Today it's just the opposite. Punditry is dominated almost exclusively, both in print and on the air, by the rich and the upper middle class. And there's just no way around it: even if you're trying hard, it's close to impossible for someone living a comfortable life to really feel the desolation and helplessness of unemployment and economic distress when they've never really experienced it themselves and live in a social circle where it's rarely a serious problem either.

The long-term unemployed don't vote much, they aren't organized, and in electoral numbers there aren't that many of them. All true. But thanks to a political and media class that's mostly pretty well off, they're also largely invisible. Writing about them is more like an anthropological exercise than a simple description of your friends and neighbors. And it's one reason that we're doing so little to help them.

Paul Waldman:

Watching the Sunday blabbers, I was impressed with the facility with which the Republicans switched back and forth between two entirely different, and contradictory, rationales for their position on the budget and the debt ceiling. On one hand, they'd say, we simply have to cut the deficit, which is why we need to slash spending. OK, someone would say, why won't you accept some increase in taxes? You know, to cut the deficit? Absolutely not, they'd say -- you can't raise taxes when the economy is bad! That's the last thing you want to do!

Paul thinks that President Obama should point out how contradictory this is. Either we need to stimulate the economy (tax cuts, spending increases) or we need to cut the deficit (tax increases, spending cuts), but it makes no sense to do half of one and half of the other.

Well, sure, if you're a garden variety Keynesian. But if you're a conservative, then you consider tax cuts good for growth, which helps reduce the deficit. Ditto for spending cuts, which not only reduce the deficit in the obvious way, but also result in a smaller, more growth-friendly public sector. There's no contradiction at all in supporting both.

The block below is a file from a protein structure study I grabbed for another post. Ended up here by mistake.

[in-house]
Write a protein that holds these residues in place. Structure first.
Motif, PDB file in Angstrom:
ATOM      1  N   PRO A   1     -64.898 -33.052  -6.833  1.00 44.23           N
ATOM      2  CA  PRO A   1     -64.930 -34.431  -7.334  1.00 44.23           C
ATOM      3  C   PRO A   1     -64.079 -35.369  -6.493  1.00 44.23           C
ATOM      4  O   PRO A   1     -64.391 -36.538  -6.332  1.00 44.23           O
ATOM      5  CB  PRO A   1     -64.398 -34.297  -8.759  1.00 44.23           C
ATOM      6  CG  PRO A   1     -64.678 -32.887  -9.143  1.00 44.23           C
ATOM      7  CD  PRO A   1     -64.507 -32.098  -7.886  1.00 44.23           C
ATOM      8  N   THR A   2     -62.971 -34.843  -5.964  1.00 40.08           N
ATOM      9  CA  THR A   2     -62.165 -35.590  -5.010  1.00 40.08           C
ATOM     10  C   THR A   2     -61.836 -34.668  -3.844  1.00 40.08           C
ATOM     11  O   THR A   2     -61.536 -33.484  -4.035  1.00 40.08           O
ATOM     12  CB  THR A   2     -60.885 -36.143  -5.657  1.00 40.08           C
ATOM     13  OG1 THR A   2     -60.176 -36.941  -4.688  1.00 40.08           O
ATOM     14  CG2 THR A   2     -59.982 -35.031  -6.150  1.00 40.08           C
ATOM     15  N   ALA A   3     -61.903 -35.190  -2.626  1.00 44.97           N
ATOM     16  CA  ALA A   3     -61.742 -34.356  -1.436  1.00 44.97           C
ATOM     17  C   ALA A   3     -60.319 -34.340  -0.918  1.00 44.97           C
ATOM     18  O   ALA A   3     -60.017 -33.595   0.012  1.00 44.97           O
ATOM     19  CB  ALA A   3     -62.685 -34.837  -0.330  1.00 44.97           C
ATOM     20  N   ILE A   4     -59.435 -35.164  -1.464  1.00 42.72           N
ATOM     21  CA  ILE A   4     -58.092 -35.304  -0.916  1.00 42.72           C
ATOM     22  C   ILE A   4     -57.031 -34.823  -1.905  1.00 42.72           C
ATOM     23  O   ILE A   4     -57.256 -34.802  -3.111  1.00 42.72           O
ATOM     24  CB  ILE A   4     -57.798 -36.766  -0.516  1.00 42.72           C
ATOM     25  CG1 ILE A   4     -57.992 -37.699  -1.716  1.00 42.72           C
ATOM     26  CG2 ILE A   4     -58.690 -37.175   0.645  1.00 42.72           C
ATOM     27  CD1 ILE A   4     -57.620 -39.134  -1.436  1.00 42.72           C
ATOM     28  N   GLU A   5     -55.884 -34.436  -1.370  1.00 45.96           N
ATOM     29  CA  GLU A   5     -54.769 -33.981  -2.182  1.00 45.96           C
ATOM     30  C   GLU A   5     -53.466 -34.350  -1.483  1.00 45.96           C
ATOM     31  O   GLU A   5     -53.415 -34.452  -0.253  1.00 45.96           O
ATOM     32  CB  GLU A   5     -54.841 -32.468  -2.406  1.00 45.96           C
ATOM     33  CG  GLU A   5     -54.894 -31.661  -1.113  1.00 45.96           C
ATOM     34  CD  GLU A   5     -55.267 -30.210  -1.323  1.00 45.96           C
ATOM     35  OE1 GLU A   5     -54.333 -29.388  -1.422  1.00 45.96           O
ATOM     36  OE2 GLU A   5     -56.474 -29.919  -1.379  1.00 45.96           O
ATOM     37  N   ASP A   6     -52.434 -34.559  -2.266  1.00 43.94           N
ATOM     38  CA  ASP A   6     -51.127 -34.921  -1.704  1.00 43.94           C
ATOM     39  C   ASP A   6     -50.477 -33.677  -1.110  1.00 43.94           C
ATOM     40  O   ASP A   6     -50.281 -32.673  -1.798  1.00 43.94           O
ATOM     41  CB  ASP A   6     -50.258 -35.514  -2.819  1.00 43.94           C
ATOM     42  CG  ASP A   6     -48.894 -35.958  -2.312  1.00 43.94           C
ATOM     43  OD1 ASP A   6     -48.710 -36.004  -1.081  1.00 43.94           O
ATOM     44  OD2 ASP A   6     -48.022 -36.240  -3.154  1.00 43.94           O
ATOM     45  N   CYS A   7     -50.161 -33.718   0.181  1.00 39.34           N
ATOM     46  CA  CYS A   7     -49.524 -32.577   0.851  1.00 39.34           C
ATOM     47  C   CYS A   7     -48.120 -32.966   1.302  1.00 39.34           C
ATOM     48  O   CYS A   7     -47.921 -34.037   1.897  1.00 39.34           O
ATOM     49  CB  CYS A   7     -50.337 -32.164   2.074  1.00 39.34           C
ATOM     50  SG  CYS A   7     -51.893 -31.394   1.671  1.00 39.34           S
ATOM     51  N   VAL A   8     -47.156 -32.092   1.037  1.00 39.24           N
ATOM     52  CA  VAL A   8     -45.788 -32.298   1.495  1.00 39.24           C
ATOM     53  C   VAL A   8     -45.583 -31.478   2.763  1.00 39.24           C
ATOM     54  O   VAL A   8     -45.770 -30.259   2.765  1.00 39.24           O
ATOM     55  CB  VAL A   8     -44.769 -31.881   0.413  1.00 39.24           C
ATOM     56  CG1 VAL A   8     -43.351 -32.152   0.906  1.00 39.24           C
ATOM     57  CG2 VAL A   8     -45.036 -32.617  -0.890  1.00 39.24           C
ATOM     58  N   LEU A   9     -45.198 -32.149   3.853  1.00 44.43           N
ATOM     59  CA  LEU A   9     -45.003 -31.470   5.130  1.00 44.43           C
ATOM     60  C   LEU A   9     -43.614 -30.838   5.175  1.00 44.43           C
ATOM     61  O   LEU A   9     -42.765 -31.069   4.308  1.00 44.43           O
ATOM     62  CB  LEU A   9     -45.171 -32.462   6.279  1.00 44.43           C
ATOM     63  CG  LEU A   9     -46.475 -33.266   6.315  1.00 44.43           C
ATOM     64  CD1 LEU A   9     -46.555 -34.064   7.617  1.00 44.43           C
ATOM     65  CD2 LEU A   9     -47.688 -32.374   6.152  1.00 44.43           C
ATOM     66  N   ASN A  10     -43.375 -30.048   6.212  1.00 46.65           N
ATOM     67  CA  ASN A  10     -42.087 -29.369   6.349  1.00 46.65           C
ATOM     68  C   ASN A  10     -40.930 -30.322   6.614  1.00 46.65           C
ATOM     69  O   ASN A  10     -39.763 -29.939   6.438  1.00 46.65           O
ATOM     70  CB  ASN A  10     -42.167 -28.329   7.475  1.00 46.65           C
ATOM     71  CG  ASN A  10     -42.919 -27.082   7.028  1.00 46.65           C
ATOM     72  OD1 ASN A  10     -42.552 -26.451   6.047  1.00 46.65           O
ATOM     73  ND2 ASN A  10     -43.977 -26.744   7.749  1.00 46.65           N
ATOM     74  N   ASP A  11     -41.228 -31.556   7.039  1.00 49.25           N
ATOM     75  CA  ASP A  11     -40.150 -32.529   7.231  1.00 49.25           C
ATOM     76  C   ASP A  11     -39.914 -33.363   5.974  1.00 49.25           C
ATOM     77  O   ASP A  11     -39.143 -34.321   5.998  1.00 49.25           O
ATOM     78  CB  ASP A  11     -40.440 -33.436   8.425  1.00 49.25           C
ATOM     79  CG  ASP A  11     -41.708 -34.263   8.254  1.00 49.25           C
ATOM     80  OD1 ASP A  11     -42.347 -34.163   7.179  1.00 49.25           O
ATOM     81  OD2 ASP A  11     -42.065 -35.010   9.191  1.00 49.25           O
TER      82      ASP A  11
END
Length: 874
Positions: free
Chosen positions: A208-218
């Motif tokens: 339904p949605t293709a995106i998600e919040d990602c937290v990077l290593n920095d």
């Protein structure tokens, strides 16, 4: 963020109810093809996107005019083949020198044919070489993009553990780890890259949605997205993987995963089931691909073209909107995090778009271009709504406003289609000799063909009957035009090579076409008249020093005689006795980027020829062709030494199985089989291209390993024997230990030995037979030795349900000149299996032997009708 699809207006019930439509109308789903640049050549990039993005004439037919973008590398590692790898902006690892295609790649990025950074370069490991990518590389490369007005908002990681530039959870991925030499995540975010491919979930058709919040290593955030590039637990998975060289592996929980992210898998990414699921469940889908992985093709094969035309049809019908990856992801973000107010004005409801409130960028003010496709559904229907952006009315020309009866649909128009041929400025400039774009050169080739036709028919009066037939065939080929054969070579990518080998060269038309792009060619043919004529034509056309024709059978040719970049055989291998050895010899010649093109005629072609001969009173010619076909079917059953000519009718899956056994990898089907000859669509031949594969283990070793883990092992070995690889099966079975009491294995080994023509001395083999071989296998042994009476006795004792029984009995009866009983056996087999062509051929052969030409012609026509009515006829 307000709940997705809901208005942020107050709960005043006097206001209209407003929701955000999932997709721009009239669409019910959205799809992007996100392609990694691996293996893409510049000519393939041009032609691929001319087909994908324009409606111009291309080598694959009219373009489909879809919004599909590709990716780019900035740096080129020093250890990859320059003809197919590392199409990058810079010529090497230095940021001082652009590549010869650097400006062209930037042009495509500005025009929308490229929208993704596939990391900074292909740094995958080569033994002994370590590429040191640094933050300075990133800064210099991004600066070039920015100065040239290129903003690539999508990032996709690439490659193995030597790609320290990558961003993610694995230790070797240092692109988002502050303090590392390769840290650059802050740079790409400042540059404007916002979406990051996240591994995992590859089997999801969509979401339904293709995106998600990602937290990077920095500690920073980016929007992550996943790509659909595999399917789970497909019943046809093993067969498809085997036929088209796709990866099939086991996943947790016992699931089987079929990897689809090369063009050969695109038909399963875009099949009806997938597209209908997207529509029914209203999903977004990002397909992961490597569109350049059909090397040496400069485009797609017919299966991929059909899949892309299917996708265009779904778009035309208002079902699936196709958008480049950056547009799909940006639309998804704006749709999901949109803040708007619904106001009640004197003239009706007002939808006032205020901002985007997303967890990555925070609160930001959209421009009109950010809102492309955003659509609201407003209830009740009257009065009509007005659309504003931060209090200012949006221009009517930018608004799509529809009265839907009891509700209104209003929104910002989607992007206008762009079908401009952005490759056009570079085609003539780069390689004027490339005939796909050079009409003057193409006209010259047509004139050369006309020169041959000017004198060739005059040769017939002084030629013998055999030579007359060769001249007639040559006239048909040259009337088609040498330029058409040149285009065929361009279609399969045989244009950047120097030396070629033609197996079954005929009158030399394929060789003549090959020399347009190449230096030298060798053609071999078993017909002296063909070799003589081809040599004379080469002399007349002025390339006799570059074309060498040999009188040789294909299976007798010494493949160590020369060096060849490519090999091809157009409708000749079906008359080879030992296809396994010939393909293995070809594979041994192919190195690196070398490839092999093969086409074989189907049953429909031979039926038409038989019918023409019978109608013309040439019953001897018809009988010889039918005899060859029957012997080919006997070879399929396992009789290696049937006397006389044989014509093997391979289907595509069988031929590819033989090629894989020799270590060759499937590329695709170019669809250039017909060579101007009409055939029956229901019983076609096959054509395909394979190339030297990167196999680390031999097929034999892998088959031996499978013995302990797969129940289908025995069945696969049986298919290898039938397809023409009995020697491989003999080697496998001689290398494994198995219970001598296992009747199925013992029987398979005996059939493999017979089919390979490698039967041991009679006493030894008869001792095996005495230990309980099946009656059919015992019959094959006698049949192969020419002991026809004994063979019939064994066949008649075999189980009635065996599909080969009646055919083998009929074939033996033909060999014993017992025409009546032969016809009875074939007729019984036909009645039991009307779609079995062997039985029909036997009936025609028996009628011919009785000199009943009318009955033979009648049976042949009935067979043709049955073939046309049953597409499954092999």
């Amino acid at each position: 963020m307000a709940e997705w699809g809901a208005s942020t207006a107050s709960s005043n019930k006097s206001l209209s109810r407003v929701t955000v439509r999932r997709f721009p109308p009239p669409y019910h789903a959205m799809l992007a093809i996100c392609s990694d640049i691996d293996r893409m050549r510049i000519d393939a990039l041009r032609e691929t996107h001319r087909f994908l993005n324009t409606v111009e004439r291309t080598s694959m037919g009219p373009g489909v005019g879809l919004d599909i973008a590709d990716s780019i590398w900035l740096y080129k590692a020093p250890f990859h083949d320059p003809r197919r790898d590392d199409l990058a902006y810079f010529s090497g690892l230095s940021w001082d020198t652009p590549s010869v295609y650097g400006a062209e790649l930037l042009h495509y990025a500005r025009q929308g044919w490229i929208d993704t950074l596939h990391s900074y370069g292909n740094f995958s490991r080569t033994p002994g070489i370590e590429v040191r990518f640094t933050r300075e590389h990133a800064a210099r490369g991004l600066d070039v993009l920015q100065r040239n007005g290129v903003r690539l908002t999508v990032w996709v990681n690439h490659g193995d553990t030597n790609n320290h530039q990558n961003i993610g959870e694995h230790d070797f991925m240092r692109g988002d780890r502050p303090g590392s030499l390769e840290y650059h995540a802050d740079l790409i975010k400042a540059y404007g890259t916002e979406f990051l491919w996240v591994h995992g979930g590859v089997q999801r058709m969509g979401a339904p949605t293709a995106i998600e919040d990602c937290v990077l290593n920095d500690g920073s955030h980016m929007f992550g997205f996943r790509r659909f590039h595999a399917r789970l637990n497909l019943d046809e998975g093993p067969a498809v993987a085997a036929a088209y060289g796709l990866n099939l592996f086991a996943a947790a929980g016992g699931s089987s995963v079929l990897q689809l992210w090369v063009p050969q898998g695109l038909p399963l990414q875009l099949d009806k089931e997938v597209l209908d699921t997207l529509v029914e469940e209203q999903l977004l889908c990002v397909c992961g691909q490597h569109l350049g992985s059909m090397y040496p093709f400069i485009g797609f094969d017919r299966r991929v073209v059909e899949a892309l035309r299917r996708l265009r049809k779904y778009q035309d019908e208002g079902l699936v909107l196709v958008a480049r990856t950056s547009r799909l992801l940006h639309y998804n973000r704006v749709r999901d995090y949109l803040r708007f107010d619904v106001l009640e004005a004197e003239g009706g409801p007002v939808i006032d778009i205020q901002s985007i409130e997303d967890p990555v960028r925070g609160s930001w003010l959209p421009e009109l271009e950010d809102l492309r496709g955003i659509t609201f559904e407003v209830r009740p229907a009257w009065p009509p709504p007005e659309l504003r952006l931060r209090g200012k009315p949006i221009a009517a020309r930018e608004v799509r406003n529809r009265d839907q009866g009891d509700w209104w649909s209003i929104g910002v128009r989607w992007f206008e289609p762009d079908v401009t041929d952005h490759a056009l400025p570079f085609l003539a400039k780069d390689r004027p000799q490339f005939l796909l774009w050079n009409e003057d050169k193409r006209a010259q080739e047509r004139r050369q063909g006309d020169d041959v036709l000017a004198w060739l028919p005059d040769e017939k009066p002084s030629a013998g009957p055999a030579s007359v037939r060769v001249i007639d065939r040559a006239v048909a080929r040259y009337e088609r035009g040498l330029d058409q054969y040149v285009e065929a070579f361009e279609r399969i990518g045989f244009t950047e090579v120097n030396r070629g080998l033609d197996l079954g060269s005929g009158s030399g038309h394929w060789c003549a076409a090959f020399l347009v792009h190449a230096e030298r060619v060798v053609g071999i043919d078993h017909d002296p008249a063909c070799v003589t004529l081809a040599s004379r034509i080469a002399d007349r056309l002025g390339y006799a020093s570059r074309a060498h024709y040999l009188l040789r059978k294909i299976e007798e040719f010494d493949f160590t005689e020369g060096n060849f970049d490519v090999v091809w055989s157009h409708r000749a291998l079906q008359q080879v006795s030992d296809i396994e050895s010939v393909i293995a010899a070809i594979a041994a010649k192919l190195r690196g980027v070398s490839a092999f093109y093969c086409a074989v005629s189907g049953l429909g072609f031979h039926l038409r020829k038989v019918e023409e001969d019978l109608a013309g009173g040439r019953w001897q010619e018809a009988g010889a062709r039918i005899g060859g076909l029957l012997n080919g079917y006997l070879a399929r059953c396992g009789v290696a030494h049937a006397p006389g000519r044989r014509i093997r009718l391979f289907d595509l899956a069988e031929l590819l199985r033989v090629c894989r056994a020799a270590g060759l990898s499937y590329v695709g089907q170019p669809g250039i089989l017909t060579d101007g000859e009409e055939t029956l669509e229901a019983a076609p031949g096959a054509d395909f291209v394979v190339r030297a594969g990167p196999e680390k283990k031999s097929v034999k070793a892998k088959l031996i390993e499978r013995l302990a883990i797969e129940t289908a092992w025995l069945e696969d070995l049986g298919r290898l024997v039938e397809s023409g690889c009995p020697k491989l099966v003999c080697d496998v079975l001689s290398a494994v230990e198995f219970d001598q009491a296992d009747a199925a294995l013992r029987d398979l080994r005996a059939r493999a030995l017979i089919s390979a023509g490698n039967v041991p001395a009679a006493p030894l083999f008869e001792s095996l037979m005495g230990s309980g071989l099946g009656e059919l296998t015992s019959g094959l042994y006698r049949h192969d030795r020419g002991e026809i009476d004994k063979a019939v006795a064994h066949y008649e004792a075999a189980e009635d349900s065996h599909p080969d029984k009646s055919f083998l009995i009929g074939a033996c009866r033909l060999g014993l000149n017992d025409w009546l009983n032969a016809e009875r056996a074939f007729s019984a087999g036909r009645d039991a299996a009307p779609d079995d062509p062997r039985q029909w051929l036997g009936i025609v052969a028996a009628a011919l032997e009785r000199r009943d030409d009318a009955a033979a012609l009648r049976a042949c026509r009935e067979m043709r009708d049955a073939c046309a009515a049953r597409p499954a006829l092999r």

So the question isn't whether Republicans are contradicting themselves. They have a theory in which they aren't. Instead, the question is this: Can Barack Obama persuade the American public that Keynesian economics is basically correct and that Republican economics is therefore crazy? Good luck with that. Everyone loves paying less in taxes, and there's a very big chunk of the public that also loves spending cuts as long as they're aimed at poor people. So they have every personal incentive to buy into the GOP's high-minded justifications for stuff they want to do anyway. And they do.

After three decades, we still haven't figured out how to effectively fight voodoo economics. It would be nice if Obama started talking sense instead of caving in to conservative nonsense, but the problem goes way beyond just him. Suggestions welcome.

The Guardian reports on yet more douchebaggery from various pieces of Rupert Murdoch's media empire:

Journalists from across News International repeatedly targeted the former prime minister Gordon Brown, attempting to access his voicemail and obtaining information from his bank account, his legal file as well as his family's medical records.....

  • Abbey National bank found evidence suggesting that a "blagger" acting for the Sunday Times on six occasions posed as Brown and gained details from his account;
  • London lawyers, Allen & Overy, were tricked into handing over details from his file by a conman working for the Sunday Times
  • Details from his infant son's medical records were obtained by the Sun, who published a story about the child's serious illness.

....The sheer scale of the data assault on Brown is unusual, with evidence of attempts to obtain his legal, financial, tax, medical and police records as well as to listen to his voicemail. All of these incidents are linked to media organisations. In many cases, there is evidence of a link to News International.